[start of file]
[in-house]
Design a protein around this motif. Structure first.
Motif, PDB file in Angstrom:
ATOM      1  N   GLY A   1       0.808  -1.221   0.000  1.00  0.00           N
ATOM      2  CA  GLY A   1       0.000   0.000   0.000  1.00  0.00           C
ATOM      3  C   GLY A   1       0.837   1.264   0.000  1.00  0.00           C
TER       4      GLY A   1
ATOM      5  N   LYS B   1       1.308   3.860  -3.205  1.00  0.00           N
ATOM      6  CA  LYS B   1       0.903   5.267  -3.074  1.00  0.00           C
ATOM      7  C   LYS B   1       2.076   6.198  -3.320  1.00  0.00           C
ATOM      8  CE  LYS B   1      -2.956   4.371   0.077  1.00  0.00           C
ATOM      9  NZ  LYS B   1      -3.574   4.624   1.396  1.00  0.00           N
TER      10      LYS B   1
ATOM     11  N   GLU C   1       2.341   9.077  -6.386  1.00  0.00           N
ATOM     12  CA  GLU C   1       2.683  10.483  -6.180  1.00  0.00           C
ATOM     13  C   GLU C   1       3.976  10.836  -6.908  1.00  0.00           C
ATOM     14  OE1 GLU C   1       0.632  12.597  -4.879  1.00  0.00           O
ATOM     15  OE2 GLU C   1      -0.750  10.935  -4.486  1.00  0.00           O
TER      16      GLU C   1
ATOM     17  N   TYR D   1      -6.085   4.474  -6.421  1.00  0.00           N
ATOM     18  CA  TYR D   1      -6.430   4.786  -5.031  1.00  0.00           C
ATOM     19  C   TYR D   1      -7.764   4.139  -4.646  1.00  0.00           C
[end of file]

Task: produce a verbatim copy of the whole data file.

[in-house]
Design a protein around this motif. Structure first.
Motif, PDB file in Angstrom:
ATOM      1  N   GLY A   1       0.808  -1.221   0.000  1.00  0.00           N
ATOM      2  CA  GLY A   1       0.000   0.000   0.000  1.00  0.00           C
ATOM      3  C   GLY A   1       0.837   1.264   0.000  1.00  0.00           C
TER       4      GLY A   1
ATOM      5  N   LYS B   1       1.308   3.860  -3.205  1.00  0.00           N
ATOM      6  CA  LYS B   1       0.903   5.267  -3.074  1.00  0.00           C
ATOM      7  C   LYS B   1       2.076   6.198  -3.320  1.00  0.00           C
ATOM      8  CE  LYS B   1      -2.956   4.371   0.077  1.00  0.00           C
ATOM      9  NZ  LYS B   1      -3.574   4.624   1.396  1.00  0.00           N
TER      10      LYS B   1
ATOM     11  N   GLU C   1       2.341   9.077  -6.386  1.00  0.00           N
ATOM     12  CA  GLU C   1       2.683  10.483  -6.180  1.00  0.00           C
ATOM     13  C   GLU C   1       3.976  10.836  -6.908  1.00  0.00           C
ATOM     14  OE1 GLU C   1       0.632  12.597  -4.879  1.00  0.00           O
ATOM     15  OE2 GLU C   1      -0.750  10.935  -4.486  1.00  0.00           O
TER      16      GLU C   1
ATOM     17  N   TYR D   1      -6.085   4.474  -6.421  1.00  0.00           N
ATOM     18  CA  TYR D   1      -6.430   4.786  -5.031  1.00  0.00           C
ATOM     19  C   TYR D   1      -7.764   4.139  -4.646  1.00  0.00           C